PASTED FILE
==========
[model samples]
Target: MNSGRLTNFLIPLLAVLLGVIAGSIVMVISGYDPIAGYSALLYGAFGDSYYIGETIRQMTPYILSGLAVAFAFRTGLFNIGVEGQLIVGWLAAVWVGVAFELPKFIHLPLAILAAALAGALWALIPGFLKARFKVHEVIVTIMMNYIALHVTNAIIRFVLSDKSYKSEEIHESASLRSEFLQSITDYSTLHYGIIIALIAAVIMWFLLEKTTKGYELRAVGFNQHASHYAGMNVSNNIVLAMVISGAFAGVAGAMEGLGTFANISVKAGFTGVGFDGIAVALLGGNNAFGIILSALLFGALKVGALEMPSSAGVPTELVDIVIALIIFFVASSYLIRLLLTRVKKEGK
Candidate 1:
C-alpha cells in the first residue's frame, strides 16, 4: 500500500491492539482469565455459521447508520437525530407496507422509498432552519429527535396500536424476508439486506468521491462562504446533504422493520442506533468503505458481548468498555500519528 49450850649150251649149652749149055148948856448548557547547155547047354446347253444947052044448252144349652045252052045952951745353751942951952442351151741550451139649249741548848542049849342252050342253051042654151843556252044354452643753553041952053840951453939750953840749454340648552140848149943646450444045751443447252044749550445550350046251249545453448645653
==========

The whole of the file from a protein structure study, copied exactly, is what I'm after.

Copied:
[model samples]
Target: MNSGRLTNFLIPLLAVLLGVIAGSIVMVISGYDPIAGYSALLYGAFGDSYYIGETIRQMTPYILSGLAVAFAFRTGLFNIGVEGQLIVGWLAAVWVGVAFELPKFIHLPLAILAAALAGALWALIPGFLKARFKVHEVIVTIMMNYIALHVTNAIIRFVLSDKSYKSEEIHESASLRSEFLQSITDYSTLHYGIIIALIAAVIMWFLLEKTTKGYELRAVGFNQHASHYAGMNVSNNIVLAMVISGAFAGVAGAMEGLGTFANISVKAGFTGVGFDGIAVALLGGNNAFGIILSALLFGALKVGALEMPSSAGVPTELVDIVIALIIFFVASSYLIRLLLTRVKKEGK
Candidate 1:
C-alpha cells in the first residue's frame, strides 16, 4: 500500500491492539482469565455459521447508520437525530407496507422509498432552519429527535396500536424476508439486506468521491462562504446533504422493520442506533468503505458481548468498555500519528 49450850649150251649149652749149055148948856448548557547547155547047354446347253444947052044448252144349652045252052045952951745353751942951952442351151741550451139649249741548848542049849342252050342253051042654151843556252044354452643753553041952053840951453939750953840749454340648552140848149943646450444045751443447252044749550445550350046251249545453448645653